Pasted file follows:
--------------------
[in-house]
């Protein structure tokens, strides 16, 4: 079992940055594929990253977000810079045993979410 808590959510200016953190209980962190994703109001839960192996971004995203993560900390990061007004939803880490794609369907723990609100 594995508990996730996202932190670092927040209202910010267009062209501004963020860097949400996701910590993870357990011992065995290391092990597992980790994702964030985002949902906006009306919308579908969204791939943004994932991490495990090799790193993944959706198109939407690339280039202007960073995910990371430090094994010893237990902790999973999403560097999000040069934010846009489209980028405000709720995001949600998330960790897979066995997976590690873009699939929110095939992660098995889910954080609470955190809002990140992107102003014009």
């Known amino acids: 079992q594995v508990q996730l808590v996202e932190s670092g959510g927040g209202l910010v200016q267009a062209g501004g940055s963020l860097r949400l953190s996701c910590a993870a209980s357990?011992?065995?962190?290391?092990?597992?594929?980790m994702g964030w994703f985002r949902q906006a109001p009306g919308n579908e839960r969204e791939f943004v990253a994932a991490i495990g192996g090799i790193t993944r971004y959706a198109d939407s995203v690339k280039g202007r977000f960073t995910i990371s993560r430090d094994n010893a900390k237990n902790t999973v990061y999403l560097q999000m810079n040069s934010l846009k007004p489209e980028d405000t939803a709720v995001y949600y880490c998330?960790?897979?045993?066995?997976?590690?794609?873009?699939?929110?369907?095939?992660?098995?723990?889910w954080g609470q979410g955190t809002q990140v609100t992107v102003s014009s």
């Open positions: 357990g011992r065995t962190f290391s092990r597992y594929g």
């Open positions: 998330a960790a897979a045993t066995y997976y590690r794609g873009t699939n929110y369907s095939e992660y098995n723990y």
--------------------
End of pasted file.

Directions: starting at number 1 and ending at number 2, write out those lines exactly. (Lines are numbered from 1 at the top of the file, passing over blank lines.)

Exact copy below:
[in-house]
């Protein structure tokens, strides 16, 4: 079992940055594929990253977000810079045993979410 808590959510200016953190209980962190994703109001839960192996971004995203993560900390990061007004939803880490794609369907723990609100 594995508990996730996202932190670092927040209202910010267009062209501004963020860097949400996701910590993870357990011992065995290391092990597992980790994702964030985002949902906006009306919308579908969204791939943004994932991490495990090799790193993944959706198109939407690339280039202007960073995910990371430090094994010893237990902790999973999403560097999000040069934010846009489209980028405000709720995001949600998330960790897979066995997976590690873009699939929110095939992660098995889910954080609470955190809002990140992107102003014009």